‘Thank you for the visit.’
It was the last of the five “ad limina” visits I was privileged to have with that great athlete of Christ, Pope John Paul II. I knew he spoke with great difficulty, so I deliberately did most of the talking — thanking him for what his pontificate had meant to the Church and how inspiring it was to me. He looked at me with those deep eyes and at the end simply said to me in a clear voice, “Thank you for the visit.”
I recall with joy my time with Pope John Paul during the “ad limina” visits and also when I concelebrated with him and other bishops during his pastoral trips. They were moments filled with grace.
I always thought of him as a saint and found it a joy to be in his presence. So manly. So warm. So intelligent. Filled with love for God. So devoted to Mary. So open to others. Always eager to learn. Always joyful. Truly a “witness to hope.”
First there was Boston in 1978. In the rain. “America, the beautiful,” he said. “Beautiful even in the rain!” But I didn’t fully understand that late October night until I led a retreat about five months later in a small house near the Atlantic Ocean. Harvard undergraduates were there and they were still talking about him and how they went back to their dorms and analyzed his homily on the rich young man in the Gospel.
That story of the rich young man (Mt 19: 16-26), he used throughout his pontificate and made it central to his historic encyclical on the great moral issues of our time — “veritatis splendor,” “The Splendor of Truth.” There were two things evident that night on the historic Boston Common. One was his love for young people, while the other was the fact that he challenged them, asking them for spiritual greatness and not to be satisfied with mediocrity. It was the key to so much that followed in his historic pontificate.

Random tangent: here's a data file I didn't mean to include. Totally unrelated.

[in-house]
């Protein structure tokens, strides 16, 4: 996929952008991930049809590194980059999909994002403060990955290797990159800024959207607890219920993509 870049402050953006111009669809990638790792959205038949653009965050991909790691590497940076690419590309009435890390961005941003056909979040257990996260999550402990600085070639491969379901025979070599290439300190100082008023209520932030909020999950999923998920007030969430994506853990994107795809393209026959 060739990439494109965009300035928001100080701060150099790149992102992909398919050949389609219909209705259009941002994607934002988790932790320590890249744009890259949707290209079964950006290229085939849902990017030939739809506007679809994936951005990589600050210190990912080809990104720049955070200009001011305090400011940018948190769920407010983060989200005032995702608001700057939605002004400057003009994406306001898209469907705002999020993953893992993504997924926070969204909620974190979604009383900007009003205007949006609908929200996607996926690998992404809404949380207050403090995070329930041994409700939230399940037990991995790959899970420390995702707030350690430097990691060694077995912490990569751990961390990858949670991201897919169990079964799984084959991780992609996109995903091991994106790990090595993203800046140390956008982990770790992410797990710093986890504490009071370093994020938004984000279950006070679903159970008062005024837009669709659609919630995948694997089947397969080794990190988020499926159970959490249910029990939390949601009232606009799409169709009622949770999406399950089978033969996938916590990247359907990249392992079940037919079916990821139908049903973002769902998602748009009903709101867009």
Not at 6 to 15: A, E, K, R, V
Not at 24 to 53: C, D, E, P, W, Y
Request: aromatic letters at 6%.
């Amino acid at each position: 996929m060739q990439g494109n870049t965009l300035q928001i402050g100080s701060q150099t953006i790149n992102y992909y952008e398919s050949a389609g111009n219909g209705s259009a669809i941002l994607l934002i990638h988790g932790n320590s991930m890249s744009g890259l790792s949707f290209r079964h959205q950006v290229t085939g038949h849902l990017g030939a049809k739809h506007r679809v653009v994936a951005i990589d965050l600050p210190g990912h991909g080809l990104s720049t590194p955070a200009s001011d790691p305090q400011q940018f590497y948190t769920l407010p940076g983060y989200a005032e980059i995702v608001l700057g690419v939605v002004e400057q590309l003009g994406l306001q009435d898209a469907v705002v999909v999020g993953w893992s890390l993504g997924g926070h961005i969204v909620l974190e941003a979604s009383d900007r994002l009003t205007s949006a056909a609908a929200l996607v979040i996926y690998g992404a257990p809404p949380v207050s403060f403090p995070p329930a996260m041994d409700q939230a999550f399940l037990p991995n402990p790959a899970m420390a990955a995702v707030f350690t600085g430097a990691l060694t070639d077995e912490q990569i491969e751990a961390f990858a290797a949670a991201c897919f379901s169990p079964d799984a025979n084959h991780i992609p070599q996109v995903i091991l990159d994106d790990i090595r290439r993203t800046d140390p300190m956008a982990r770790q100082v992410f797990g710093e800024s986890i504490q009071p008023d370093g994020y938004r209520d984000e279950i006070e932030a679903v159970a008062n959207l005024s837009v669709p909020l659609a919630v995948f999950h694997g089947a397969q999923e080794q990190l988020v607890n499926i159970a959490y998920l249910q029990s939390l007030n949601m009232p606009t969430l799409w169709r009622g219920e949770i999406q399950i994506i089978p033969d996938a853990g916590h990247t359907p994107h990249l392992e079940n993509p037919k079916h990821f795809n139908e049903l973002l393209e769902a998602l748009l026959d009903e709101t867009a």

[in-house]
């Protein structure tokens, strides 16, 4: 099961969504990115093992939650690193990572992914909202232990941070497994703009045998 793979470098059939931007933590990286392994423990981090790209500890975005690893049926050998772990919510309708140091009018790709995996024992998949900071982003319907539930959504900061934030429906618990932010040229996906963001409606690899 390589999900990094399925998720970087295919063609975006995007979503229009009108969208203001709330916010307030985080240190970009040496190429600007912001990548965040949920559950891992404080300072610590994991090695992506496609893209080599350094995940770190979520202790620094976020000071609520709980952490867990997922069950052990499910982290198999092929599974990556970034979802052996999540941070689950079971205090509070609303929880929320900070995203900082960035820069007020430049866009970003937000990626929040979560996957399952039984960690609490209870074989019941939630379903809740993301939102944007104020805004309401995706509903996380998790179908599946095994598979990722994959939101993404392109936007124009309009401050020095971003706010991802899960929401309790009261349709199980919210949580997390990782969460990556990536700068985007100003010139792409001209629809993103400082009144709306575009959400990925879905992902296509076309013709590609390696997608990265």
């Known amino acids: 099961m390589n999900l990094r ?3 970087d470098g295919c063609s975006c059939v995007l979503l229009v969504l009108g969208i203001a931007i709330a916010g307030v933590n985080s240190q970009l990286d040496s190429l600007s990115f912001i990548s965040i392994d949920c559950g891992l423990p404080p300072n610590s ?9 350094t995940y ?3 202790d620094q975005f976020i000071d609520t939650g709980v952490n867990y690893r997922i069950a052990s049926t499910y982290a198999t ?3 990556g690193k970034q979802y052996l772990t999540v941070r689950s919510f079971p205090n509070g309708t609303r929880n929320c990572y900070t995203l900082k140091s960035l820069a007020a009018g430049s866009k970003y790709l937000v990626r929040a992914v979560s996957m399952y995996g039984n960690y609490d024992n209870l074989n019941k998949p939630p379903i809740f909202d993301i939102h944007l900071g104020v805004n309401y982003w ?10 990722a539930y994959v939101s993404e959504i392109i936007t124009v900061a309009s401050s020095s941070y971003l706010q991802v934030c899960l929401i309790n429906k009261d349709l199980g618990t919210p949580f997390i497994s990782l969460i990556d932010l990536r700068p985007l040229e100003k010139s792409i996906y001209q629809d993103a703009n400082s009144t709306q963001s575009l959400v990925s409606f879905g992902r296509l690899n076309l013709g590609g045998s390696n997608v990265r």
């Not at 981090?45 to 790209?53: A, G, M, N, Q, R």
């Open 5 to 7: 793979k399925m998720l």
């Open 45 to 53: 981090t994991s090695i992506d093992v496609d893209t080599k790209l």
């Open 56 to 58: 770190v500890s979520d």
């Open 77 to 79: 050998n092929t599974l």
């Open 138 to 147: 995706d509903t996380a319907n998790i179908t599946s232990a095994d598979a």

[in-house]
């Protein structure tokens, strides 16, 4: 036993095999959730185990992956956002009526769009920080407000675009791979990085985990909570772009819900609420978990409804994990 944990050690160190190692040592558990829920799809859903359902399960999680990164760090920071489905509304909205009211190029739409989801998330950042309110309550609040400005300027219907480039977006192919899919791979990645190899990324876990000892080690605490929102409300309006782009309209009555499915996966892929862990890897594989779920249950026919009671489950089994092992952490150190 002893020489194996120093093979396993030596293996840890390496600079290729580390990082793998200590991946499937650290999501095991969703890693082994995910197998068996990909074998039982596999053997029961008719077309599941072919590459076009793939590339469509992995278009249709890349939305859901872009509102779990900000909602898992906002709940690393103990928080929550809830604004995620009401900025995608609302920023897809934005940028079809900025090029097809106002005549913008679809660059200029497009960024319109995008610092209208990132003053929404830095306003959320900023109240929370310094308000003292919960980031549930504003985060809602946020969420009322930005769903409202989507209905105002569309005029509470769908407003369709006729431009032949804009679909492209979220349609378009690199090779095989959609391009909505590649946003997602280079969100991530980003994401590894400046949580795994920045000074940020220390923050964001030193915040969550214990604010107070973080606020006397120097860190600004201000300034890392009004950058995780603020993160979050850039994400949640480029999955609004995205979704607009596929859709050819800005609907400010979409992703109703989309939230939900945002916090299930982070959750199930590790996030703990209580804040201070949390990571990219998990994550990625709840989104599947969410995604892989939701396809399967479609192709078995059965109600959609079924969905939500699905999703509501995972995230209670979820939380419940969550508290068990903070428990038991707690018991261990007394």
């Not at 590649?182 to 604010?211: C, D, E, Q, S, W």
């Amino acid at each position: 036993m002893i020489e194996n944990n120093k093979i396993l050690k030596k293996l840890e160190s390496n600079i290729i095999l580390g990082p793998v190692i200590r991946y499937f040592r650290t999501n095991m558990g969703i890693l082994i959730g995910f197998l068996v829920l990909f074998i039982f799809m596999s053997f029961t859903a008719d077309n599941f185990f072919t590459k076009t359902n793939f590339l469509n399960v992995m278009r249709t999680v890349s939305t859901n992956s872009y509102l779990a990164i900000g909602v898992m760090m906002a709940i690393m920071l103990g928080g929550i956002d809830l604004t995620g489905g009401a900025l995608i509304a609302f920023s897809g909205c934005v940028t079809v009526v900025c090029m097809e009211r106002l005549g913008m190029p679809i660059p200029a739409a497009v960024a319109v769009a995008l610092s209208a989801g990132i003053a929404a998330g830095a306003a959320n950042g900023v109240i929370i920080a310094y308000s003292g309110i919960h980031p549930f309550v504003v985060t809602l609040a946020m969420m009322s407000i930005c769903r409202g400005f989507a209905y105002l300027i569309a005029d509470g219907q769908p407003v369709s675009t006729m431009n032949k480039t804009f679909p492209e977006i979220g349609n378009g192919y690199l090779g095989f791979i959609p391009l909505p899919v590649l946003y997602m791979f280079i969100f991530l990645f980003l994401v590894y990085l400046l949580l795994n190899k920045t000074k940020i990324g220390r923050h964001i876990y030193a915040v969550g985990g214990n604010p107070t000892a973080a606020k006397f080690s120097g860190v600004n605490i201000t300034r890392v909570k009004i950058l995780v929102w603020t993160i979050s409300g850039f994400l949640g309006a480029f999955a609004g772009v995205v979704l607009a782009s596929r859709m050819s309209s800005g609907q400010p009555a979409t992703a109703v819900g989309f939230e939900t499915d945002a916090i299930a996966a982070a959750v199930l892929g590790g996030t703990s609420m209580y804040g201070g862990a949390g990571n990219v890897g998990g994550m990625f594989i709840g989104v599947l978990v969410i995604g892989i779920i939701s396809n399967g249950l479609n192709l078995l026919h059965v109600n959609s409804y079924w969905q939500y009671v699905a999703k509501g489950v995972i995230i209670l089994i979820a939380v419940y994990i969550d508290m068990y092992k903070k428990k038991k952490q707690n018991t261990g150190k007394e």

I still hear the strong voice echoing out over the old city of Boston, “Youth of America, do not go away sad. Do not go away sad on drugs. Do not go away sad on sex. Do not go away sad on money.” There was an evangelizer in our midst, and the rain became secondary. We knew we were blessed to be there. A night never to be forgotten.
An old Spanish mission
We were up early on a lovely spring morning in 1987, the bishops of this country going south by bus to one of the old Spanish missions in California, where we had Morning Prayer with John Paul II. Shortly he joined us in what looked like a school cafeteria. There were four talks, to which he responded. I remember it like it was yesterday.
One archbishop spoke in a way that seemed touched by a certain hubris and told the Holy Father that we had the best educated laity in the world. Professionals. Lawyers. Physicians. Scientists. The pope said this was true, but then taking a clear theme from the Second Vatican Council about the vocation of the laity in transforming the world, he said, “Have you transformed the culture, have you transformed the culture of film, of the media and journalism?” Again, a challenge for us.
Another archbishop spoke about the difficult moral issues of the time. In his reply, the pope reminded us of our teaching responsibility. He told us that we should teach on these difficult moral issues in a way that would attract people, so they could be attracted to the beauty of the truth contained in the teaching. He used the word “attract” or “attraction” twice. I verified it recently.
A few months later, at the “ad limina” visit, I was with about 14 bishops from our Midwest region at lunch with the Holy Father. I have often heard that the office of the papacy was a very lonely life. It was not lonely for Karol Wojtyla. He loved company, and he loved to be with bishops. The four times I had lunch with him, were unforgettable moments of grace. Being with him helped you to understand more deeply the vocation of the bishop.
I said to him, “Holy Father you told us in California in response to one of the bishops that we should teach on these difficult moral issues so that people are attracted to them, and see the beauty of the teaching. But how do we do this?” He became quiet. The philosopher came out, and so did the priest. Here is his response. I remember it exactly. When he finished, we all were quiet.
“It is necessary,” he said, “to understand the soul of the woman. All these things which were meant to liberate her: premarital sex, contraception, abortion; have they liberated her or have they enslaved her?”
He was a pastor who lived close to Jesus Christ. His life was strengthened by prayer and study. He understood the crisis of our times and he knew how to respond to it.
I shall try to add a few thoughts to these next week as we continue to mark, under the guidance of our bishop, the liturgical observance of John Paul II now declared “Blessed.”
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